Robert Colameta Jr. is this year’s recipient of the International Society of Fire Service Instructors (ISFSI) George D. Post Instructor of the Year Award.
Colameta received the award during the opening of the Fire Department Instructors Conference in Indianapolis this week.
Colameta, a firefighter with the Everett (Mass.) Fire Department, has more than 22 years experience in adult education working with the Massachusetts Department of Fire Service as assistant coordinator of curriculum, assistant coordinator for the office of Certification, and coordinator of staff and service instructor training.
More recently, he developed an online training network called “The Public Safety Education Network” which provides municipal departments with custom training.
In 2005, he contracted with the National Fallen Firefighters Foundation to build a curriculum around the “Courage to be Safe” program and the following year, he was named the national program manager of that very same program.
In that role, he’s developed more than three dozen online learning media segments based on the 16 Life Safety Initiatives of the NFFF.
He continues to teach around the country and in Massachusetts.
In a video presentation about the recipient, the ISFSI said Colameta “has committed a lifetime to preventing firefighter line of duty deaths” and continues to do so as the curriculum developer for the “Courage to be Safe” program, providing support for more than 500 instructors across the country.
Several colleagues praised Colameta for his tireless dedication to training firefighters and keeping them safe.
In accepting the award, Colameta said he stood before those gathered in the ballroom at FDIC witnessing the presentation, “very humbled and very proud and happy to be receiving the George D. Post Instructor of the Year Award.’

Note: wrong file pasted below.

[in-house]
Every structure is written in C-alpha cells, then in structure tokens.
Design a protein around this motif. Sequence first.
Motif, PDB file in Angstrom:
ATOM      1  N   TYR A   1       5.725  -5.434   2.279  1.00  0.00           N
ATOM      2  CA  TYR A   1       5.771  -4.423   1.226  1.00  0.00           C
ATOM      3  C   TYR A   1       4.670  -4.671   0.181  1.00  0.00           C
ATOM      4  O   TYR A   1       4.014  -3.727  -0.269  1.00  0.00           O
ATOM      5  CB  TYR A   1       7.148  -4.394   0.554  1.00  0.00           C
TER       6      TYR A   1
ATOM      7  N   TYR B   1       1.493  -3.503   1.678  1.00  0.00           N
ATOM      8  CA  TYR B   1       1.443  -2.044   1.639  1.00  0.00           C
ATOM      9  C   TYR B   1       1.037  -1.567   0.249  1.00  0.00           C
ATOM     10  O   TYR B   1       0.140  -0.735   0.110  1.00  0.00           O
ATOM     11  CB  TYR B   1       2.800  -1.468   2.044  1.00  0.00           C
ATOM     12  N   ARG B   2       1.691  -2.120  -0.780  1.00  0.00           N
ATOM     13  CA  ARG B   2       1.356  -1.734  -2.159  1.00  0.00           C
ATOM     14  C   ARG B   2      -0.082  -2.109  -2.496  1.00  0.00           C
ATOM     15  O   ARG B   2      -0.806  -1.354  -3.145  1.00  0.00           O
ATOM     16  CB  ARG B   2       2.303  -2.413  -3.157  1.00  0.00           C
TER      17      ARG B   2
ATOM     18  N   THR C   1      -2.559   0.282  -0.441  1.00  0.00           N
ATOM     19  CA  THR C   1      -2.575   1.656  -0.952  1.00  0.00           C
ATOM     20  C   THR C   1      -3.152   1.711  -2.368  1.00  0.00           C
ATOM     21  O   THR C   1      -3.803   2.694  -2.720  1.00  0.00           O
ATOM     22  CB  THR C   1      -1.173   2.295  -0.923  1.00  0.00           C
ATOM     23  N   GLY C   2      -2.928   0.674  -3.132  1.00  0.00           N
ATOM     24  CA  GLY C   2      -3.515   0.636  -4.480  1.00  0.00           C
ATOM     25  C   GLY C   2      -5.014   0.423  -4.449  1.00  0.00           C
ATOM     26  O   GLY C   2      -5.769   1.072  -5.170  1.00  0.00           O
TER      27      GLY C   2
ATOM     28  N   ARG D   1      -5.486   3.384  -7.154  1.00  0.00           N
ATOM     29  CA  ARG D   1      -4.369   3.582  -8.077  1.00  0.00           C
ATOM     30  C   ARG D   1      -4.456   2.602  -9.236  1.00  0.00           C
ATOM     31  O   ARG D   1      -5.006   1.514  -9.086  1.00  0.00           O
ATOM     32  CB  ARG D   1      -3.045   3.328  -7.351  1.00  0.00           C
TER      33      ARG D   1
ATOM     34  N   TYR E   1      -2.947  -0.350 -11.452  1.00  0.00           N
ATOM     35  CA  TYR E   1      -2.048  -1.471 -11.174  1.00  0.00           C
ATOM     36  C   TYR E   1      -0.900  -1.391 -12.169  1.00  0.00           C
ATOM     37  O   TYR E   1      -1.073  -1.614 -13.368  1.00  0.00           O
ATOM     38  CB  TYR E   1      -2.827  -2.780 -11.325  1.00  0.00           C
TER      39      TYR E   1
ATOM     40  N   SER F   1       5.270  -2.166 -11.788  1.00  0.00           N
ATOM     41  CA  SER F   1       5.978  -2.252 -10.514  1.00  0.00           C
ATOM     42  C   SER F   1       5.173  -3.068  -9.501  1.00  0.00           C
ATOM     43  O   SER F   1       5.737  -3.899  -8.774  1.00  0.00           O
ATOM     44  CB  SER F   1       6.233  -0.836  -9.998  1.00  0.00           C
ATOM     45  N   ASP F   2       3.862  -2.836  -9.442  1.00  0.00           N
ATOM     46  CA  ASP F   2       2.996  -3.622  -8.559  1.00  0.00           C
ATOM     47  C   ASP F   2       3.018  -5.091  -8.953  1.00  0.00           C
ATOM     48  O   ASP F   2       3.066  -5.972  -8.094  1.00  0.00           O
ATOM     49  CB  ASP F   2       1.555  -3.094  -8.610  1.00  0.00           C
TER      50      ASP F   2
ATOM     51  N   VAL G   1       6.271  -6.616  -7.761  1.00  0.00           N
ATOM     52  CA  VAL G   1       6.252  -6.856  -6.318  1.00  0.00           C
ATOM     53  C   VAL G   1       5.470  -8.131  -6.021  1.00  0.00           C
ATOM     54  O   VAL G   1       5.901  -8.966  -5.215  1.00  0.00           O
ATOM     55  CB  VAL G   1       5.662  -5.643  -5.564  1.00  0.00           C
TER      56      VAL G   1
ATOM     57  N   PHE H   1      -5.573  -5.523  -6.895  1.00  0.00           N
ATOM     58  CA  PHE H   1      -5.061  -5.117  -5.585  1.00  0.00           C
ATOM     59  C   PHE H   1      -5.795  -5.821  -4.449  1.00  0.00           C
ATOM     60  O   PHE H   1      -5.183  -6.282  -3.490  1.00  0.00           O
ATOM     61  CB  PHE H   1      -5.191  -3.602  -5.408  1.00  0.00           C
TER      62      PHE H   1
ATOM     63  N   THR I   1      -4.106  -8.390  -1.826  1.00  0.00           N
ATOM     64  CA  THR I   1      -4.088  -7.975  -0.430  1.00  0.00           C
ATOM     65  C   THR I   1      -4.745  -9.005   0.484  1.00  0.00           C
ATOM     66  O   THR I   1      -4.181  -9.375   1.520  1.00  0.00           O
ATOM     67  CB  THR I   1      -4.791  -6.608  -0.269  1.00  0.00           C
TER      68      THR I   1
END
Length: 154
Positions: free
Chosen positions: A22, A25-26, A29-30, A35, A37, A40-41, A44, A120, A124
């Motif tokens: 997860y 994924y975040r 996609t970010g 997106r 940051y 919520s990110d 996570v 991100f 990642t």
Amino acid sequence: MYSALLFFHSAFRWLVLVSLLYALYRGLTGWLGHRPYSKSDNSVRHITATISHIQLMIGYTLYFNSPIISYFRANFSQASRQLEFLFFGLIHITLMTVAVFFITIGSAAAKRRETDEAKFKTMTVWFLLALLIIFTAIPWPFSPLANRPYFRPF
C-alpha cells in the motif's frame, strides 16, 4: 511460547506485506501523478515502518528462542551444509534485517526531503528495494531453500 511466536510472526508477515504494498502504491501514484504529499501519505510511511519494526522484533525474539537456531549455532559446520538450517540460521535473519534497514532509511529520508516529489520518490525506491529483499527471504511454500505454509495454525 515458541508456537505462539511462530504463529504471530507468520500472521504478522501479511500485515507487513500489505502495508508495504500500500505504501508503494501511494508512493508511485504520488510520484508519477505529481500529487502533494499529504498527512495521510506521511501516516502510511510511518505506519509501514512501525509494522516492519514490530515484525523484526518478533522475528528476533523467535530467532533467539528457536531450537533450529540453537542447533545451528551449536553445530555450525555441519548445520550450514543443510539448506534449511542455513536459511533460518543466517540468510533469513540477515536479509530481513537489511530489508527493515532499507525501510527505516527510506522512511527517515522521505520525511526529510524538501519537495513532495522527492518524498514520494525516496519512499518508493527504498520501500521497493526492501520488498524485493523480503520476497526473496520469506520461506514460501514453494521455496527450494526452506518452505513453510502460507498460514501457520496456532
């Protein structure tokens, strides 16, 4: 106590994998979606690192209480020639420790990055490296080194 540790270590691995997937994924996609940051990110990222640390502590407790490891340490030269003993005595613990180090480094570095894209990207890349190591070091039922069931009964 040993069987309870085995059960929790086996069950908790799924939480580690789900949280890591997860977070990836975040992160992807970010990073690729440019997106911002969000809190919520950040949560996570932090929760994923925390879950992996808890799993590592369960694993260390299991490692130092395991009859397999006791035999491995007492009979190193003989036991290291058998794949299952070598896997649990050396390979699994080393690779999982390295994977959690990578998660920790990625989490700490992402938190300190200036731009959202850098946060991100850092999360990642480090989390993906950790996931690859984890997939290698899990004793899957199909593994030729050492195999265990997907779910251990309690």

He said his path to this point in his career had been unique and that the award is the culmination of his hopes to build a long and lasting legacy within the fire service.
Colameta said that the firefighter culture needs to change so that the NFFF’s 16 initiatives to prevent line of duty deaths will be embraced.
“There is no reason why mandating seatbelts continues to be so challenging,” Colameta said. “There’s no reason any one of us isn’t helping improving our health and wellness, seeing our doctors regularly, so we live long and healthy for our families.”
In teaching around the country, Colameta said he knows firefighters live for their families, but they are not always smart about their goals.
“If you live to love your families, then ladies and gentlemen, it’s time to love our families and live,” he said. “Firefighter life safety starts with you and it starts with each one of us.”
He challenged firefighters to prevent needless line of duty deaths by all means and reminded everyone that if a life is to be risked, it should be only to save one.
Complacency is the enemy and firefighters should be vigilant in doing all they can to keep themselves and fellow firefighters safe, he said.
He used an analogy of the difference between hot and boiling water and the effort required to be safe on the fire scene.
“At 211 degrees, water is hot,” Colameta said. “At 212 degrees, it turns into steam that is powerful enough to move a locomotive. That one extra degree makes all the difference. The one degree of extra effort is what we need from you. It will separate the good from great.”
Colameta reminded the audience that the NFFF has a goal of reducing firefighter line of duty deaths by 50 percent by 2014.
“We can achieve it with your help,” he said. “…I have never been so proud to be part of the American fire service as I am today. How about you